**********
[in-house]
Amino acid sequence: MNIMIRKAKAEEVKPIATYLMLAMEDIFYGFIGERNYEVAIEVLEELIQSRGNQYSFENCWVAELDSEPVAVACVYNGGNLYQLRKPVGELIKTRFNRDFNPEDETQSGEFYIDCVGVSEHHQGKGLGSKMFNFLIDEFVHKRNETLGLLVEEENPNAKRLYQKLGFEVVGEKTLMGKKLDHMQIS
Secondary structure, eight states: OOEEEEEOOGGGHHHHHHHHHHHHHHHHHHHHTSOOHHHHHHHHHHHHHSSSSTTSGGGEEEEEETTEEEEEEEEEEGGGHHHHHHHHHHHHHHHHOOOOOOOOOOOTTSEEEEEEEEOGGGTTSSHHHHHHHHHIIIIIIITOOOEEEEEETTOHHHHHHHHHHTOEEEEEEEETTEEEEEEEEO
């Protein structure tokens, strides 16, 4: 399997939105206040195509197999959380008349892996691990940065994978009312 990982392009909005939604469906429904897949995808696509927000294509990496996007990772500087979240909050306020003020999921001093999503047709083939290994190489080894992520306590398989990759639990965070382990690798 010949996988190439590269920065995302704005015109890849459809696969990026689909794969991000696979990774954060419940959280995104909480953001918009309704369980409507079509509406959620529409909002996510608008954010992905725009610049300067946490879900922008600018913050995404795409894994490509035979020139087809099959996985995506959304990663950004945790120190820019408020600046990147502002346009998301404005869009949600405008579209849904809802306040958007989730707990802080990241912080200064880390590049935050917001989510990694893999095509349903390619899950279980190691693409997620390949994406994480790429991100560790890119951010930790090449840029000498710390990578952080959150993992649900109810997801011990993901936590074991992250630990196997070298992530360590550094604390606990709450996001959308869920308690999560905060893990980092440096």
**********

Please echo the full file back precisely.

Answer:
[in-house]
Amino acid sequence: MNIMIRKAKAEEVKPIATYLMLAMEDIFYGFIGERNYEVAIEVLEELIQSRGNQYSFENCWVAELDSEPVAVACVYNGGNLYQLRKPVGELIKTRFNRDFNPEDETQSGEFYIDCVGVSEHHQGKGLGSKMFNFLIDEFVHKRNETLGLLVEEENPNAKRLYQKLGFEVVGEKTLMGKKLDHMQIS
Secondary structure, eight states: OOEEEEEOOGGGHHHHHHHHHHHHHHHHHHHHTSOOHHHHHHHHHHHHHSSSSTTSGGGEEEEEETTEEEEEEEEEEGGGHHHHHHHHHHHHHHHHOOOOOOOOOOOTTSEEEEEEEEOGGGTTSSHHHHHHHHHIIIIIIITOOOEEEEEETTOHHHHHHHHHHTOEEEEEEEETTEEEEEEEEO
């Protein structure tokens, strides 16, 4: 399997939105206040195509197999959380008349892996691990940065994978009312 990982392009909005939604469906429904897949995808696509927000294509990496996007990772500087979240909050306020003020999921001093999503047709083939290994190489080894992520306590398989990759639990965070382990690798 010949996988190439590269920065995302704005015109890849459809696969990026689909794969991000696979990774954060419940959280995104909480953001918009309704369980409507079509509406959620529409909002996510608008954010992905725009610049300067946490879900922008600018913050995404795409894994490509035979020139087809099959996985995506959304990663950004945790120190820019408020600046990147502002346009998301404005869009949600405008579209849904809802306040958007989730707990802080990241912080200064880390590049935050917001989510990694893999095509349903390619899950279980190691693409997620390949994406994480790429991100560790890119951010930790090449840029000498710390990578952080959150993992649900109810997801011990993901936590074991992250630990196997070298992530360590550094604390606990709450996001959308869920308690999560905060893990980092440096």